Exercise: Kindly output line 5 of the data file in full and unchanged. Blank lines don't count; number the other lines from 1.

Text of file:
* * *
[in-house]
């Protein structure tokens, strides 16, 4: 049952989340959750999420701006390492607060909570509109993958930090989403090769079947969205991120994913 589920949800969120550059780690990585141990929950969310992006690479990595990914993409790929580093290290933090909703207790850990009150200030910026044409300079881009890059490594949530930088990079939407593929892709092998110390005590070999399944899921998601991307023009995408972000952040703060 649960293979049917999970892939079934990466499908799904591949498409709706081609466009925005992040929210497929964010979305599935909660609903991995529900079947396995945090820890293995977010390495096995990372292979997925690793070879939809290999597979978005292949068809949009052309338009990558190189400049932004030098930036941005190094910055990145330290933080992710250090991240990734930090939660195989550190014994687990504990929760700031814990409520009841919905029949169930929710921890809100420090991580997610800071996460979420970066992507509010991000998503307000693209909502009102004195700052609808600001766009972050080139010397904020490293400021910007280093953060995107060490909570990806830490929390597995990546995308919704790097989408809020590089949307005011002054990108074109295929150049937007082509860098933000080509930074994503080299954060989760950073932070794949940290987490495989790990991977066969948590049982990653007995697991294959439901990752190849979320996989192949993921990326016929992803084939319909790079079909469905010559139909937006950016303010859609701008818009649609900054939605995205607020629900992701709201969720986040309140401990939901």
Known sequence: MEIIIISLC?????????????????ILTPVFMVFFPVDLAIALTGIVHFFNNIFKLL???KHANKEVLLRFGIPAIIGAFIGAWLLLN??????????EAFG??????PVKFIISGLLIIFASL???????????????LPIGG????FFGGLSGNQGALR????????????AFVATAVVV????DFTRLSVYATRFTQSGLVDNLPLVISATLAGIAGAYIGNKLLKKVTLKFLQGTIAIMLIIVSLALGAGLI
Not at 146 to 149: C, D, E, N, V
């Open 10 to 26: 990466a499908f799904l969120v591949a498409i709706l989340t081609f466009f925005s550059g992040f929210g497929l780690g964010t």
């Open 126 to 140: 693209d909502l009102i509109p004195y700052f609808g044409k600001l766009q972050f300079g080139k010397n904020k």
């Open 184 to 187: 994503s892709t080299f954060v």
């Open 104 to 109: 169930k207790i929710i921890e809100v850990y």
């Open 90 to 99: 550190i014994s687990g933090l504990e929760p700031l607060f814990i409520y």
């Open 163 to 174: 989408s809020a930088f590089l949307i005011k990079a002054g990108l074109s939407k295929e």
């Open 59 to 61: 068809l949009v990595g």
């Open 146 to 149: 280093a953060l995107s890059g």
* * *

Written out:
């Open 10 to 26: 990466a499908f799904l969120v591949a498409i709706l989340t081609f466009f925005s550059g992040f929210g497929l780690g964010t």